North Central College student receives campus ecology fellowship

Jul 02, 2013

Heidi Goetsch ’14 is just one of 10 students nationwide to receive a Campus Ecology Fellowship through the National Wildlife Federation (NWF). The grant will fund long-term improvements to campus, thanks to Goetsch’s leadership in establishing a new native plant garden at Oesterle Library—and gives Goetsch an experience that complements her environmental studies minor.

“My grant proposal actually emerged from my environmental studies class called People and Nature,” she says. “The class project involved how to relandscape the campus with native plant gardens, which attract wildlife like birds, butterflies and bees. Several areas were discussed, including Oesterle Library. Later, I went forward with the proposal to the NWF for the library.”

Her proposal was advised by Martha Bohrer, associate professor of English, who also teaches courses in environmental studies. “I am really excited for Heidi, to be one of 10 nationwide to receive an NWF campus ecology fellowship,” Bohrer said. “This is the first time any environmental studies student has applied for an outside grant. Heidi did her research and consulted relevant people. It’s all her idea, her initiative.”

As part of her fellowship, Goetsch will be designing a “Native Plant Landscaping Guide” to educate the campus on native plant gardening. Her second task will be to lead other members of the campus community to begin a native plant garden around Oesterle Library next year. She plans to recruit help from members of the College’s Green Scene environmental club.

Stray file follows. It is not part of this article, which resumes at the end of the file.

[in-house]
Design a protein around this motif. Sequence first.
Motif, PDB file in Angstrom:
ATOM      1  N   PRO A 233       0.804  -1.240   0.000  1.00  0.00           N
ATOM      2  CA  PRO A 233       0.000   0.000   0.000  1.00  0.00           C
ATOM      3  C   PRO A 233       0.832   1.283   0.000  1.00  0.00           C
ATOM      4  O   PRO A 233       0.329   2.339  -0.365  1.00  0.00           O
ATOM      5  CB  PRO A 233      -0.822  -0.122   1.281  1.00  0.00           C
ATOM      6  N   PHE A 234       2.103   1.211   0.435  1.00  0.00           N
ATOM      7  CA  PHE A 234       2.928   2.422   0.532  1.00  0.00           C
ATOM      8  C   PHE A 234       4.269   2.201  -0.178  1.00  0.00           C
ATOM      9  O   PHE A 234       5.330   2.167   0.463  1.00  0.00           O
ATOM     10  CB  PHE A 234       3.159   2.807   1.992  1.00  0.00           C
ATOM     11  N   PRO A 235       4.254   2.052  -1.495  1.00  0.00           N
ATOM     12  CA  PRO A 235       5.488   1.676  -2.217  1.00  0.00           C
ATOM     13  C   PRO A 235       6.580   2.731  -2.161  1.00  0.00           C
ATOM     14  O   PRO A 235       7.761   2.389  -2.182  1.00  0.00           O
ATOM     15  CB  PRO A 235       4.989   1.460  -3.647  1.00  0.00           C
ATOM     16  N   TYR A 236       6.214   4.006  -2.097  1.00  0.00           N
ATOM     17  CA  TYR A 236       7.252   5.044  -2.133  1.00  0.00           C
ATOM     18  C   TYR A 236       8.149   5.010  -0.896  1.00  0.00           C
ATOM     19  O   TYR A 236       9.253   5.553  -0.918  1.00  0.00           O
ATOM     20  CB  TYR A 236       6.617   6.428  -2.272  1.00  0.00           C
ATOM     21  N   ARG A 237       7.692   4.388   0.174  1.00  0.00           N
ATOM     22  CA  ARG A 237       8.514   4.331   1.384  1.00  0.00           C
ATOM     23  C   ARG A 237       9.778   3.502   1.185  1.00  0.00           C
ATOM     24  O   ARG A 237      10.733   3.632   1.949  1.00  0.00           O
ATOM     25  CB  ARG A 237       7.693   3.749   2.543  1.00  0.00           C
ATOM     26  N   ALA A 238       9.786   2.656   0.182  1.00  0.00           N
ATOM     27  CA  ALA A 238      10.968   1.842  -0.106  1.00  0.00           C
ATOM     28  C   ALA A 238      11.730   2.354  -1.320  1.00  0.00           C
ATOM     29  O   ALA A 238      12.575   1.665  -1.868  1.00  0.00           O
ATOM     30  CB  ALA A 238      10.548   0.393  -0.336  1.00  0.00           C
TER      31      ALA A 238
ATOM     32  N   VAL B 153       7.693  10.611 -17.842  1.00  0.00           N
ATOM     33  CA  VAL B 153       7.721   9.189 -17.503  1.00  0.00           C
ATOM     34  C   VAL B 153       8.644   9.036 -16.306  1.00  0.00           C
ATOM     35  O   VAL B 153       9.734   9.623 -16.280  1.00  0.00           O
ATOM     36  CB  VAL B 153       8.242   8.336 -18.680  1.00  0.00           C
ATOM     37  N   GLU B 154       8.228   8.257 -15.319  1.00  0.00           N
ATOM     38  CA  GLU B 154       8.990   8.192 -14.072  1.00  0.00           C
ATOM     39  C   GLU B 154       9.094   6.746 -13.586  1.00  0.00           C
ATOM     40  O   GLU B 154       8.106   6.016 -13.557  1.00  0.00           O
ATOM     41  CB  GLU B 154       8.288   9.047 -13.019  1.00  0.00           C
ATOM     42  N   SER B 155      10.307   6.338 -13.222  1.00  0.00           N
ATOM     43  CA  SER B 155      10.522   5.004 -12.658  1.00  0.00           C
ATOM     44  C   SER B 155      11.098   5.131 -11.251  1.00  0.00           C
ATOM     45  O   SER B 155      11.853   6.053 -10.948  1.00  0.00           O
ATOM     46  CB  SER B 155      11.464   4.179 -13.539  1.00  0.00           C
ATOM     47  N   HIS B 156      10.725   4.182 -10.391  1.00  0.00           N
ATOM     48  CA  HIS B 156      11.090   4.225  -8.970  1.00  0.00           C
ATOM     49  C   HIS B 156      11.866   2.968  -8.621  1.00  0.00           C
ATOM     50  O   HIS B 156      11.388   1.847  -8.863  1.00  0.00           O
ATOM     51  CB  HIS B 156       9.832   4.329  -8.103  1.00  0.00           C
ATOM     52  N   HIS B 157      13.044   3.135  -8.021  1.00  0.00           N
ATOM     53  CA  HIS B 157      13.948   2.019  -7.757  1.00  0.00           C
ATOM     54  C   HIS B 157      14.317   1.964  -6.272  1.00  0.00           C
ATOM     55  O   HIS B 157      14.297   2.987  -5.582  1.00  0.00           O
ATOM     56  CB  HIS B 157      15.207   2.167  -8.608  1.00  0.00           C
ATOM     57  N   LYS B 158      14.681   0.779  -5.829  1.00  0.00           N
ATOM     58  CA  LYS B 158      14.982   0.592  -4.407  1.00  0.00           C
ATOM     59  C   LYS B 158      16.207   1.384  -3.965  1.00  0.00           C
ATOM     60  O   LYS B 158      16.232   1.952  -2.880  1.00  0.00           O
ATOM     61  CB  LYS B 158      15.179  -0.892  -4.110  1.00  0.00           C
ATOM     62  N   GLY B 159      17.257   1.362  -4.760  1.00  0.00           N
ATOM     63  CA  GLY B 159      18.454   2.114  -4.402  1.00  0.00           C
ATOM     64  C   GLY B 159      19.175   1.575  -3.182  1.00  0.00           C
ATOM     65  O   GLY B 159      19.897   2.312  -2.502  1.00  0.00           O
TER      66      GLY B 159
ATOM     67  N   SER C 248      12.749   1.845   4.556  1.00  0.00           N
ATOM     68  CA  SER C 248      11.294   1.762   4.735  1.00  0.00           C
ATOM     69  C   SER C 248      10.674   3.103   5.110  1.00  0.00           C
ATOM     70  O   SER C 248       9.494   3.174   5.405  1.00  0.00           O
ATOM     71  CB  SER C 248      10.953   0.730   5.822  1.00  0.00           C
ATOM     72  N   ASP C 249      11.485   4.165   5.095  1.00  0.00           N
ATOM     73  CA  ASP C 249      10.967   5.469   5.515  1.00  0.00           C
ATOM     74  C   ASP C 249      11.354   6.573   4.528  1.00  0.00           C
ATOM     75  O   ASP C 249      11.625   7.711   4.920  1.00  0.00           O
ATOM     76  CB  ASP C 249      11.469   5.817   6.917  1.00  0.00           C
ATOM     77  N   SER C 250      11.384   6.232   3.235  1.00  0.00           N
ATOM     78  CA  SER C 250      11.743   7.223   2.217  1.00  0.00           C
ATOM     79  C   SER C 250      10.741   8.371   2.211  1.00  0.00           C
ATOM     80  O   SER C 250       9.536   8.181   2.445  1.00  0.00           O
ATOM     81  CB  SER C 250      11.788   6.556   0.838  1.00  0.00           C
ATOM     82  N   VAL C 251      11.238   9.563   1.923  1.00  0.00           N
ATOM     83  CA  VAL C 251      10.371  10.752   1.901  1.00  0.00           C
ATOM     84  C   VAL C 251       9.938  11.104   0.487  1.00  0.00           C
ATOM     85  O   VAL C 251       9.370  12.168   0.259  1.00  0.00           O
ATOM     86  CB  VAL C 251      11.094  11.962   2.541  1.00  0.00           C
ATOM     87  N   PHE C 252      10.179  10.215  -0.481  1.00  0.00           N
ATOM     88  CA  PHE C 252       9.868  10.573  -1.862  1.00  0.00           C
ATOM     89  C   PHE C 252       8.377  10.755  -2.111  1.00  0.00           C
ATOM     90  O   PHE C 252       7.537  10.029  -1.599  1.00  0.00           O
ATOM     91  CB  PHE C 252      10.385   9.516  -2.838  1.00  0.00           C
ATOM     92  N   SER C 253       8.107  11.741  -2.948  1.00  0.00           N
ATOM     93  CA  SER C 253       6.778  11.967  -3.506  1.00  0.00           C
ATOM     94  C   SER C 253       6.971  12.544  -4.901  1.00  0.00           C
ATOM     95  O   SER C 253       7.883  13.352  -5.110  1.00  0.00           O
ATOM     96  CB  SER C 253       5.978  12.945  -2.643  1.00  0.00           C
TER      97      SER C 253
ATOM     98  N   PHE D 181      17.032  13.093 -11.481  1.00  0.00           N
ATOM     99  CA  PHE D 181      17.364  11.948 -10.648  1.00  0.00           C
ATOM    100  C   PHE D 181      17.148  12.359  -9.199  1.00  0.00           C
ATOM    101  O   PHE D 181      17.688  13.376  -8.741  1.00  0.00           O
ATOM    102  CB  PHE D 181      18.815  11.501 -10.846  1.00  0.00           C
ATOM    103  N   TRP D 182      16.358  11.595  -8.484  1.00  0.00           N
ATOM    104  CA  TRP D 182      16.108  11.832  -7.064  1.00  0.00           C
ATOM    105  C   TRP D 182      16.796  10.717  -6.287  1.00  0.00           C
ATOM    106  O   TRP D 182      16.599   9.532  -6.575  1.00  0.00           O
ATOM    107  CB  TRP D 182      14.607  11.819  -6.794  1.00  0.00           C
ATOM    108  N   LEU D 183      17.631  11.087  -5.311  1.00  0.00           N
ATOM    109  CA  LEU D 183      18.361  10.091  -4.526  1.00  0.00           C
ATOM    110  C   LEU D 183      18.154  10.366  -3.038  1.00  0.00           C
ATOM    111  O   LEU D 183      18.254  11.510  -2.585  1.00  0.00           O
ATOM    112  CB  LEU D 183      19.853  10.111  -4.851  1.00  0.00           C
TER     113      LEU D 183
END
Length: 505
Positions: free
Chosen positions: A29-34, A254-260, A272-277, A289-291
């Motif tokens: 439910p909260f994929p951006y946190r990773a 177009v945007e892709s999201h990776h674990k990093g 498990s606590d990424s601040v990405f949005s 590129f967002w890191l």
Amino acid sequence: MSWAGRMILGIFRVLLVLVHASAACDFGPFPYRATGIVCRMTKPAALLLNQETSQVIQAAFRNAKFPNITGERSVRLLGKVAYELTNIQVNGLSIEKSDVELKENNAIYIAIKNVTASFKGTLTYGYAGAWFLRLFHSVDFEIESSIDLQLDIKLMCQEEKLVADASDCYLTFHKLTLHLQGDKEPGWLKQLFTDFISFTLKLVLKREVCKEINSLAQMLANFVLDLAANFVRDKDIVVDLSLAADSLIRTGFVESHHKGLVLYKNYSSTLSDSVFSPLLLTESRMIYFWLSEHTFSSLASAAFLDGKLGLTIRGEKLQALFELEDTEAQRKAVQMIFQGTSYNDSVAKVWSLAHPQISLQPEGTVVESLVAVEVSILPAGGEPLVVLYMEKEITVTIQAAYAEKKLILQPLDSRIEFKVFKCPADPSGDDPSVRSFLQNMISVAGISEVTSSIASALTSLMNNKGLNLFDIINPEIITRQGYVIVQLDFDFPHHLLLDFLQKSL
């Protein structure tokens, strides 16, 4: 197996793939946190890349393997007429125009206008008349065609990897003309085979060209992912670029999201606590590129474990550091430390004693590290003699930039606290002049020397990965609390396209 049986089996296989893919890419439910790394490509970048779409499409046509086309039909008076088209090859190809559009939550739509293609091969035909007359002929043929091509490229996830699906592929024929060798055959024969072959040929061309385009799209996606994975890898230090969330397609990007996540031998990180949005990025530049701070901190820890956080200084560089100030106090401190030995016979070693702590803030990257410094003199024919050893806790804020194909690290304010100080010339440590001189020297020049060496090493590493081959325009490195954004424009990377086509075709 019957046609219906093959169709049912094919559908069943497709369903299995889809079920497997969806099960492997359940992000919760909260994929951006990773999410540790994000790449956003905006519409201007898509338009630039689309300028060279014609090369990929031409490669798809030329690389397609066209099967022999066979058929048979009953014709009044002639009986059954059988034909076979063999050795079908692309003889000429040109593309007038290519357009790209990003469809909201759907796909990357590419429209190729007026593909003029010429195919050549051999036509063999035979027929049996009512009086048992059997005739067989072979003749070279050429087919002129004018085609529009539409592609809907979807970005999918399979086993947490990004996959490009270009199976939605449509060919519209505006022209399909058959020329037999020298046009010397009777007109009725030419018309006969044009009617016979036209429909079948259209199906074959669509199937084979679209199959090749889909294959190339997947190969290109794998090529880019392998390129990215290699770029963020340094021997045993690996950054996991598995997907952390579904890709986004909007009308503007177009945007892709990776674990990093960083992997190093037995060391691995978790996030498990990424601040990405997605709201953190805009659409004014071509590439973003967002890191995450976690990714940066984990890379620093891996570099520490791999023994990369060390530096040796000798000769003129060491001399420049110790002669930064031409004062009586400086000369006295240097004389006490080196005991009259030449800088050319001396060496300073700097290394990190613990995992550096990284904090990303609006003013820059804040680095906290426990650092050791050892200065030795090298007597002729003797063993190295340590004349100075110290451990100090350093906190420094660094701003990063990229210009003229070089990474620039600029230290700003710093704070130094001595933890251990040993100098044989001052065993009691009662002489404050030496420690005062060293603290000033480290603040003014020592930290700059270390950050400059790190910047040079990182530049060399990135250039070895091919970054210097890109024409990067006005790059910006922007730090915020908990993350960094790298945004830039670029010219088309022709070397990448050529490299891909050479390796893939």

Goetsch will receive $2,000 toward project costs from the NWF grant and will attend a training workshop in West Virginia.

“Projects like Heidi’s are incredibly important,” said Brittany Graham, sustainability coordinator. “In an area like downtown Naperville, there is not much biodiversity. Any open space has turf grass, which doesn’t promote biodiversity or help with storm water management.”

This summer, Goetsch is working in the sustainability office as a part-time employee and is conducting a greenhouse gas inventory for the campus. She feels that her experiences and academic work in environmental science and philosophy will prepare her for a career in either environmental journalism or law. “I’m gaining first-hand experience with important issues and programs,” she added.

Since 2000, the National Wildlife Federation has awarded more than 150 Campus Ecology Fellowships to students across the country working on projects ranging from campus-wide energy audits to implementing sustainable forestry practices, reaching more than 2.5 million students, faculty, staff and community members at the fellowship sites.